The Groundsman Divot Fork is a purpose designed fork that allows the careful and precise repair work of uplifted turf.
With larger deeper divots and where the divots are missing, removing the divot and filling the bald spot with a previously prepared divot mix is the best practice. Once the divot and all other thatch has been removed, the bare area may be filled with a mix of soil, sand and seed. The mix should also be supplemented with some pre-germinated grass seed.
For both sand based and natural soil pitches, a 50/50 mix of 50% sports sand, 50% moist top soil is best
When preparing your divot mix, the base soil material in your mix should be a good match for the root-zone of your pitch. For both sand based and natural soil pitches, a 50/50 mix of 50% sports sand, 50% moist top soil is best. When the soil in the divot mix is moist, it gives the resulting mix more binding strength and body, so repairs are less likely to be kicked out and newly established grass is given the best chance to survive.
After you choose your base soil material, you need to add a suitable seed to the divot mix. Obviously it’s a good idea to have a species that’s a good match for the existing sward, but a fast establishing species is just as important. For sports pitches in Ireland, dwarf perennial ryegrass is typically recommended by most experts. The key here is to get the pitch ready for the next game as quick as possible and most species of ryegrass, with a bit of fertiliser and constant irrigating, will begin to germinate in just three days.
Another plus for perennial ryegrass is that can also begin to grow in colder temperatures, from around 5o Celsius. Seed mixtures that contain the variety Matrix, germinates and grows at lower temperatures than other grasses, providing groundsmen with an opportunity to restore ground cover on pitches and racecourses, earlier in the season.
The premium, all in one Divot Repair Mix is formulated to retain moisture allowing seed to germinate quicker, without affecting the percolation rates.
In the colder months of the season, when growth has slowed right down and your divots are taking longer to recover, a good practice is to give your divot mix a boost by adding some pre-germinated seed to it. This exercise can really speed up recovery time.
A tried and tested practice of pre-germination, is to use an old wheelie bin to make the seed mix. Punch some holes in the base and body of the bin to allow the water drain, add the grass seed and the spray hot water over the seed at least once a day, keeping the lid closed. If you do not have access to hot or warm water, add cold water and then store the container in a warm area. The seed needs to be soaked for about 3 days, certainly over 24 hours, before being used and once the seed has been doused, it will die if allowed to dry out again.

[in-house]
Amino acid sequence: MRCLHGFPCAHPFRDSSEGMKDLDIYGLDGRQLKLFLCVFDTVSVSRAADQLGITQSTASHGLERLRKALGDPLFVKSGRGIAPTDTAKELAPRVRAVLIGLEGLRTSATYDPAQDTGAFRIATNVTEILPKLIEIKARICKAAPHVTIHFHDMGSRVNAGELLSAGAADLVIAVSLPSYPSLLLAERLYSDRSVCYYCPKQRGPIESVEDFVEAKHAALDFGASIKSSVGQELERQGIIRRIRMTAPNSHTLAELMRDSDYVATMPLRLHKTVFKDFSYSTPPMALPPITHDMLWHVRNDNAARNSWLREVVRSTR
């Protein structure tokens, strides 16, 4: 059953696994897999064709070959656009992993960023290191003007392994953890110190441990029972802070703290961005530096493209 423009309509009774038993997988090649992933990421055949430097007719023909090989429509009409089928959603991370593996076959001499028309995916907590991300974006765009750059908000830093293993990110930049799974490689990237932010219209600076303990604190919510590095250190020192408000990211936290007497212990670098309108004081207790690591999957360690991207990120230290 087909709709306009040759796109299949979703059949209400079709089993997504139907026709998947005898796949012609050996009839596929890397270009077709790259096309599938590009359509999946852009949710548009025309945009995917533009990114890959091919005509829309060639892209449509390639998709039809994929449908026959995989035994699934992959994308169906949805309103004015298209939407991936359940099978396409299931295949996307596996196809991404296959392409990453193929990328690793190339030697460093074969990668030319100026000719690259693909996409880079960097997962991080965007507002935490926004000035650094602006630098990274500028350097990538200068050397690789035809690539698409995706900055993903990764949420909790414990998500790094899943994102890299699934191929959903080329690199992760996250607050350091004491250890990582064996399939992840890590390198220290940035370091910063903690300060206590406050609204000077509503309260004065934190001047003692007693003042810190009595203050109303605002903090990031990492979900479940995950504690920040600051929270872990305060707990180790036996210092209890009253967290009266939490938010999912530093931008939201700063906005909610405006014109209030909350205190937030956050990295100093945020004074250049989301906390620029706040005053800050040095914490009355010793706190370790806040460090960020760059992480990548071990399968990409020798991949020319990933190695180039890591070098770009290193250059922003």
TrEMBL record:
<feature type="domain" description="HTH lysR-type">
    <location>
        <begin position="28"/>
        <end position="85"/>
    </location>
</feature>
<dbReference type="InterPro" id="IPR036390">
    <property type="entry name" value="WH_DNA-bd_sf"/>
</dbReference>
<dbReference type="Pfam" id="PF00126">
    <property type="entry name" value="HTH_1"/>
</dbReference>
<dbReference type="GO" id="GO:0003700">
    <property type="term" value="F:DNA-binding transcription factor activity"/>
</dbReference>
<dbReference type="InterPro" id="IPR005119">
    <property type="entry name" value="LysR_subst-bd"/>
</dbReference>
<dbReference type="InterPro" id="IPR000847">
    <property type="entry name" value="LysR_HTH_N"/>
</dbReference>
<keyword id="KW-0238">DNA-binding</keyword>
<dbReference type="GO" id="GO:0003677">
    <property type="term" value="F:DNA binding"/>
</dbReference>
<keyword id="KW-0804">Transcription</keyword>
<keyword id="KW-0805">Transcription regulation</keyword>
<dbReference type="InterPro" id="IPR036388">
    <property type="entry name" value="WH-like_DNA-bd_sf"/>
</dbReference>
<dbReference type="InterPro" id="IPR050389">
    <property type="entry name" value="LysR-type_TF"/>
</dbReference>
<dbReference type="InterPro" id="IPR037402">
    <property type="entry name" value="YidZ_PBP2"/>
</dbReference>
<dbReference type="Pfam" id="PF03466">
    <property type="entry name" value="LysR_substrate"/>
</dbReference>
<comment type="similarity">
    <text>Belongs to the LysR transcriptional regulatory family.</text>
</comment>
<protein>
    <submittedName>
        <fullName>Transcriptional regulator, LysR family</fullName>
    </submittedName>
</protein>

This pre-germinated seed is perfect for over-seeding, bare spots that need attention quickly and for putting down on pitch-scars straight after a game. Another option for speeding up the recovery time of your divots is to coat the seed with liquid fertiliser, seaweed or another bio-stimulant that can provide a boost nutrition, to help the new seed develop.
So, again, keeping your repaired divot irrigated is so important. Recovery failure usually comes down to a lack of moisture in the divot. Get out and dampen the area several times per day to encourage successful establishment. If you need to speed up establishment for an impending game, you can fertilise the repaired patch.
Recovery failure usually comes down to a lack of moisture in the divot. Get out and dampen the area several times per day to encourage successful establishment
Divots should be repaired before mowing after games as the divots may cause the mower to scalp the grass as well as causing damage to the mower. Mowing can dictate the appearance, health and vigour of the grass sward. Regular cutting will produce a denser sward by encouraging root and tiller development.
Ground staff will rake and fork the pitch before, during and after a game because it aerates the pitch and improves drainage, making the turf softer, constantly closing up gouges and stamping divots down. The use of heavy rollers to level out the playing surface is not recommended. Heavy rolling causes soil compaction and this stunts subsequent grass growth. Aerating with solid tines retain a permeable turf surface receptive to watering and to contain the degree of compaction building up.
Parts of the pitch that have a lot of divots, bare spots and thin turf can be covered with growth blankets or seed germination covers. If it is viable, using turf covers retains the natural heat and moisture in the soil that speeds up seed germination and promotes deep root development.
On top of all this advice, just remember to box smart when it comes to looking after your pitch repairs. Limit foot traffic on the pitch after games and talk to the management about keeping training sessions off the pitch or at the very least, off the parts of the pitch that are under repair.